Thursday, March 10, 2011


A few years ago, I talked to my pre-service teachers about renewing yourself as a teacher, about how sometimes a teacher needs to "fill the bucket" so she can keep giving to her students. We discussed the many ways teachers can do this, but I also told them the story of one day I took for myself, just to recharge, when my family was all gone to work and school. I stayed home. Well, first, in my pjs, I went to the grocery store and bought a chocolate cake and checked out some movies. I went home and snuggled in with blankets and a pillow on the couch. As I watched my movies, I ate that cake--right out of the foil pan, without even putting it on a plate first. Later on, I did responsible things like grading papers and making lesson plans(and getting some exercise!), but I took a mini-vacation with my cake and movies first--and felt like a completely new person afterward. A few weeks later, one of my students gave me the book, Eat Cake (Jeanne Ray). In it, Ray says this: "Cakes have gotten a bad rap. People equate virtue with turning down desert. There is always one person at the table who holds up her hand when I serve the cake. No, really, I couldn't, she says, and then gives her flat stomach a conspiratorial little pat. Everyone who is pressing a fork into that first tender layer looks at the person who declined the plate, and they all think, That person is better than I am. That person has discipline. But that isn't a person with discipline, that is a person who has completely lost touch with joy. A slice of cake never made anybody fat. You don't eat a whole cake [well I almost did!]. You don't eat cake every day of your life. You take the cake when it is offered because the cake is delicious. You have a slice of cake and what it reminds you of is someplace that's safe, uncomplicated, without stress. A cake is a party, a birthday, a wedding. A cake is what's served on the happiest days of your life."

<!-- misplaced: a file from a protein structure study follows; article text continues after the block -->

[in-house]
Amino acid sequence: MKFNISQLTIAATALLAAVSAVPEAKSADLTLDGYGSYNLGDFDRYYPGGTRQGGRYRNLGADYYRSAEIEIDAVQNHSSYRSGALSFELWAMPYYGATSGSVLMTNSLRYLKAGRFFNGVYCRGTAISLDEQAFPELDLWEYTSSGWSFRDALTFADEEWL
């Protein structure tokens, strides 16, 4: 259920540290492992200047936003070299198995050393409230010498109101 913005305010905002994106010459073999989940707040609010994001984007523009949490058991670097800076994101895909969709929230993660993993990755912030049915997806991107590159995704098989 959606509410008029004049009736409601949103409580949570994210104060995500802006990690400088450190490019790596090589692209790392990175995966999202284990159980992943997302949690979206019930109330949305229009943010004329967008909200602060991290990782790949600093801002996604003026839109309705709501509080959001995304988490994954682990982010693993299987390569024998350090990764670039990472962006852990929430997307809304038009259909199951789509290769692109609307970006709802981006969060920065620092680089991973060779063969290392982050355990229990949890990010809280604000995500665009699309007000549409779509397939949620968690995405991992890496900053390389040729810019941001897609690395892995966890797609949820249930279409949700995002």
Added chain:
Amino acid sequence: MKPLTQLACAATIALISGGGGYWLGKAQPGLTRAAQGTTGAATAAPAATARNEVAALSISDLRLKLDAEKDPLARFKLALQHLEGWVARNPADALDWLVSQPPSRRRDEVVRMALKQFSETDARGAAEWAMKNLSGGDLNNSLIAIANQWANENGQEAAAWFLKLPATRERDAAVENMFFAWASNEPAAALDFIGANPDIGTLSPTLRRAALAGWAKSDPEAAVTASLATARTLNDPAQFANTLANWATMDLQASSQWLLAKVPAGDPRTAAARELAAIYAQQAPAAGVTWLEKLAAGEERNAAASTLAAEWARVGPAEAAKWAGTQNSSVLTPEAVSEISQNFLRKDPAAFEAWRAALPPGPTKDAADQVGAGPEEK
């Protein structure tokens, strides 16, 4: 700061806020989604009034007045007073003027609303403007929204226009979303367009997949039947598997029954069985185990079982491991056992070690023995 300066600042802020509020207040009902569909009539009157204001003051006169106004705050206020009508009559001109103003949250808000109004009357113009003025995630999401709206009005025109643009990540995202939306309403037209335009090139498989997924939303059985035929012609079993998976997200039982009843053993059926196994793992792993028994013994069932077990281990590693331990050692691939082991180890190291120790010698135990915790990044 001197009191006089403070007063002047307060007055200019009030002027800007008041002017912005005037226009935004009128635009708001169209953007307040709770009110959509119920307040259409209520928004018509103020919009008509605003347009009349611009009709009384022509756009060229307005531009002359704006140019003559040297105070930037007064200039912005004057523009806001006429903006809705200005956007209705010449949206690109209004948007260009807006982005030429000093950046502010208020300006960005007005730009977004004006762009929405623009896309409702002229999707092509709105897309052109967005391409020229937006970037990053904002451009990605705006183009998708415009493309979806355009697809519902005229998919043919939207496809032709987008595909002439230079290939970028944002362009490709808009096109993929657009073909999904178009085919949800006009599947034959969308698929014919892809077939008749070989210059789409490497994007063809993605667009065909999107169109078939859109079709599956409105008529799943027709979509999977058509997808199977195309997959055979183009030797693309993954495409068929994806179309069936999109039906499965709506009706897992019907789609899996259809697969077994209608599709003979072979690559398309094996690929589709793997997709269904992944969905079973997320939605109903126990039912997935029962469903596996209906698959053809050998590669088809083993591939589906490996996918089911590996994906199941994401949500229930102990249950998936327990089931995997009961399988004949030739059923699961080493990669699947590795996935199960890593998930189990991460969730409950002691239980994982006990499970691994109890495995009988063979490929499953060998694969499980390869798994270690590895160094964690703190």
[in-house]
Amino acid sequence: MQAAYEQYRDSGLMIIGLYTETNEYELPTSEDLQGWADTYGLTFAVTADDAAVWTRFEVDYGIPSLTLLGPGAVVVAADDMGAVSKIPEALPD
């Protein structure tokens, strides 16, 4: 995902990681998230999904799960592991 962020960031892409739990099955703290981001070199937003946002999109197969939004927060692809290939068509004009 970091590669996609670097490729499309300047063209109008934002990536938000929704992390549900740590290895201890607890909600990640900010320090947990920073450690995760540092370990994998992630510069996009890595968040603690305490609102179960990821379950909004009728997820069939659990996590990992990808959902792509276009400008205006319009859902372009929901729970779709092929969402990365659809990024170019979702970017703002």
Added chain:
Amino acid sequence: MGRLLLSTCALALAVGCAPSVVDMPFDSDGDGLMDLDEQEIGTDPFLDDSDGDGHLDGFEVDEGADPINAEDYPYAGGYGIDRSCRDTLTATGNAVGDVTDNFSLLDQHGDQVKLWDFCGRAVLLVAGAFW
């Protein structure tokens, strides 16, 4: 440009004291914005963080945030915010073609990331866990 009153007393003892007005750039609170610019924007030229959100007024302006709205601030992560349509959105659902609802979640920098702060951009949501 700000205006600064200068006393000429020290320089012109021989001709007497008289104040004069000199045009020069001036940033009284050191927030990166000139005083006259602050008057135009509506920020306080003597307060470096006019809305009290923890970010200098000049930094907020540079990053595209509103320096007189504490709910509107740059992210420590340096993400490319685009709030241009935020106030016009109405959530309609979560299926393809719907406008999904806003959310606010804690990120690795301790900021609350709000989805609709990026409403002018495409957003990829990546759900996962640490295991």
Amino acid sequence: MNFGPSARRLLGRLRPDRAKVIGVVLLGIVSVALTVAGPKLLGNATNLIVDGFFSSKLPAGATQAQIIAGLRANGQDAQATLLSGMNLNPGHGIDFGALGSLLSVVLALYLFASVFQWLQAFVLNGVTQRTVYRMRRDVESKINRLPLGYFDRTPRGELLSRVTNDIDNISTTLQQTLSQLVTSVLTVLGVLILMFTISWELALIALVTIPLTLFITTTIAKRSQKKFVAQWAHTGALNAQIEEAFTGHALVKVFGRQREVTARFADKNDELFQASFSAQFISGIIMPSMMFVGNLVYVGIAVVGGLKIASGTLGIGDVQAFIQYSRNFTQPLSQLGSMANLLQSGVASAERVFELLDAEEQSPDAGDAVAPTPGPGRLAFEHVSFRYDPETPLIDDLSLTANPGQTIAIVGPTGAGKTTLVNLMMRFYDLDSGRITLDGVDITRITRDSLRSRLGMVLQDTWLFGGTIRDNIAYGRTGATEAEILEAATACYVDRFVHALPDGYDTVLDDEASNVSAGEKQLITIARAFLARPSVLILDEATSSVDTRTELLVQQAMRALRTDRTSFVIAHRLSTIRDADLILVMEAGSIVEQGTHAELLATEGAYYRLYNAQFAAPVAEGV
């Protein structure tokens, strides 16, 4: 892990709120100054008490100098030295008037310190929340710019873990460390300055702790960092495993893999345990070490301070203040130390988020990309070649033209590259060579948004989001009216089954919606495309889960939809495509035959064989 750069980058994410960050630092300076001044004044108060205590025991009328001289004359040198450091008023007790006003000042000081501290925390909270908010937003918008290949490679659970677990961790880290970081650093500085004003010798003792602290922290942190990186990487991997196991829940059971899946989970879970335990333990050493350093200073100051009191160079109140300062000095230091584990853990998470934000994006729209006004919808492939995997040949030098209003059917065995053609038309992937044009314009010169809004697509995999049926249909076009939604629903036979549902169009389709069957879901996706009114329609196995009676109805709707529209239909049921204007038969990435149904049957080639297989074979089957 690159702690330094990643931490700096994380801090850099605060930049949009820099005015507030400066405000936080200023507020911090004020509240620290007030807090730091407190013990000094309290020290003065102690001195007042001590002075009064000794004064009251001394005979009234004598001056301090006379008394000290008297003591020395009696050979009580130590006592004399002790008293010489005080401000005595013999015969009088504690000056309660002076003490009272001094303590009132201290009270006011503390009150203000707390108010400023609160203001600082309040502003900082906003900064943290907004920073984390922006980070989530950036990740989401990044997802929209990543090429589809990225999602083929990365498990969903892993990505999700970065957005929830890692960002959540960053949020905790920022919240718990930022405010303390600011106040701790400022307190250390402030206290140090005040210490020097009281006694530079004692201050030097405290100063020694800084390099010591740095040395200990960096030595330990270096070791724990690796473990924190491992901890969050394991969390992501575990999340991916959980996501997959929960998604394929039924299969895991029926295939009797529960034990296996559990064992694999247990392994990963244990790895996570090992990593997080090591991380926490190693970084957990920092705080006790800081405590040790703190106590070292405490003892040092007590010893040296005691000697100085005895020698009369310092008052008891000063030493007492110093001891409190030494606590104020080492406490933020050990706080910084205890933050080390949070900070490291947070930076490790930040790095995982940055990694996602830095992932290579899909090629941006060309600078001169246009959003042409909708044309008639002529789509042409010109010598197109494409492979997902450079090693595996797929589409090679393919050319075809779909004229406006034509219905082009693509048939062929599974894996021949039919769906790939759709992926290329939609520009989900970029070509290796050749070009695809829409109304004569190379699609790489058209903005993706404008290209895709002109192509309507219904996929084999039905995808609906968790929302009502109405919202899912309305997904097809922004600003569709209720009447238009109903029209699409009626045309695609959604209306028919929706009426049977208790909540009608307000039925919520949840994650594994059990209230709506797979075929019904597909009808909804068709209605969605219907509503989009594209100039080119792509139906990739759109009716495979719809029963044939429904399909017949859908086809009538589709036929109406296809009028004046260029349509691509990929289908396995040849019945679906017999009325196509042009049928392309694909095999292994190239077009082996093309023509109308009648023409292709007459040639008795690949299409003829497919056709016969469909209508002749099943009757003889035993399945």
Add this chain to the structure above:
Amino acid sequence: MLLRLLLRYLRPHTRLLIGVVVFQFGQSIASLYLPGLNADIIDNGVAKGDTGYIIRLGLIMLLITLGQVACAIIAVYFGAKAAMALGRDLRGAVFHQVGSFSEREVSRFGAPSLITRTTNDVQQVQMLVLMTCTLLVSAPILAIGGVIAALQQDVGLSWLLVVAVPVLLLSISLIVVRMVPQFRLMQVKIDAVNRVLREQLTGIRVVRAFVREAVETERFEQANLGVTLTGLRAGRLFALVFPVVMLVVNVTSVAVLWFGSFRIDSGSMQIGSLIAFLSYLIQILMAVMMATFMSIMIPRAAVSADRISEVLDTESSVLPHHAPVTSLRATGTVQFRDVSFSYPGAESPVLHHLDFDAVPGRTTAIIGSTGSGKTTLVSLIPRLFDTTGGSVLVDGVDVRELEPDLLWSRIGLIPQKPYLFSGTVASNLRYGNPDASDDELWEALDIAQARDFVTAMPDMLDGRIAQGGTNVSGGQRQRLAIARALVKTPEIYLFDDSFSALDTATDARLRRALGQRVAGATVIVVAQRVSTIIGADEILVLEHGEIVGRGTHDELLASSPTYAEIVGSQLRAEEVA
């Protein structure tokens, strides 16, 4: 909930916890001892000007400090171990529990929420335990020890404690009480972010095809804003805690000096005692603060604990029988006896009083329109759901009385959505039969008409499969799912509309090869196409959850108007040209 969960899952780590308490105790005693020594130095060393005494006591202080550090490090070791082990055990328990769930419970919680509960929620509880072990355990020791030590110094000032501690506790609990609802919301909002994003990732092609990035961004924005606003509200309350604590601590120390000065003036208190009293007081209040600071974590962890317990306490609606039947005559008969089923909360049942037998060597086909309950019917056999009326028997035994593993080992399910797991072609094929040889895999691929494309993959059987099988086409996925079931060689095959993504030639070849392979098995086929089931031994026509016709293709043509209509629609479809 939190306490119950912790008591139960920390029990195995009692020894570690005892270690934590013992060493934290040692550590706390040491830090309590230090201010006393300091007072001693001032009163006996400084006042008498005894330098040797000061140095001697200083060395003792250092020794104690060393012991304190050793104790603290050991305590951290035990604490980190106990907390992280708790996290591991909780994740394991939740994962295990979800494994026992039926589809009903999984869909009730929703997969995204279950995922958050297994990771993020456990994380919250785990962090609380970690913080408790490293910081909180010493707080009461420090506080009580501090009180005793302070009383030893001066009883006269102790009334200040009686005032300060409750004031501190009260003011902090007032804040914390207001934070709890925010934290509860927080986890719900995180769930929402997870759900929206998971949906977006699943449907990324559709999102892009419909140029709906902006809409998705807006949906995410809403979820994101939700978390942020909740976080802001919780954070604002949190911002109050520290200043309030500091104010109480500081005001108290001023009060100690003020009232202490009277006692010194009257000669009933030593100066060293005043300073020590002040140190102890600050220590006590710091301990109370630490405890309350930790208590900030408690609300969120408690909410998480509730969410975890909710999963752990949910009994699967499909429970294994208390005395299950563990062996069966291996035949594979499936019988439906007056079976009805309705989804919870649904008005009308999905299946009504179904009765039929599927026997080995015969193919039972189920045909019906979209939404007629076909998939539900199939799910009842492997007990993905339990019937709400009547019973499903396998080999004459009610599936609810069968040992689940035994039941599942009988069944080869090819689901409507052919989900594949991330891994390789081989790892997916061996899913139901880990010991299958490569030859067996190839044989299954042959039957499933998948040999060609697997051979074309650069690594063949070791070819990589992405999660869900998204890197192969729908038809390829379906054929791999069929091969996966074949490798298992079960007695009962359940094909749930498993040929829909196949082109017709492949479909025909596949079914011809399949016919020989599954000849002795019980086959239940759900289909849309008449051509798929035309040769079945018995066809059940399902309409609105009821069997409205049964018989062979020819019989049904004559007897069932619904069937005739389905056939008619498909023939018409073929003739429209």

I like that sentiment. Today, I didn't have any cake, but I had something that makes me happy: a shortbread chocolate chip cookie. I was in American Fork for an early morning appointment today and stopped by Flour Girls and Dough Boys. They are the only place I know with these cookies, and I don't get by there that often. So, it's a party day. I had a cookie. For breakfast. And I'm not going to feel guilty.


  1. I agree, cake has got a bad rap over time. I love cake, and there is just something special about the experience of eating cake, cookies, or chocolate. It's like it has magical powers that whisks the eater away for a moment to a place of sheer joy. I feel sorry for everyone who deprives themselves the pleasure of a mouthful of Mississippi Mudcake or a slice of pie from the Cheese Cake Factory.(A new found treasure of American cuisine) My karate instructor said 'it is not one slice of cake that will make you fat, but the whole cake.' I think it got lost in the translation somewhere in my mind. All I heard was 'whole cake'. Thank you Sensei! I associate cake with my mum. She spent hours, if not days, making wedding cakes and birthday cakes for other people. In fact she made a going away cake for us when we left for America.Cake is not a symbol of evil or vice, but pleasure and celebration. "Qu'ils mangent de la brioche" Gary W

  2. What a wonderful post. I think this is a great reminder for all of us that taking care of ourselves should be a priority. I have been inspired.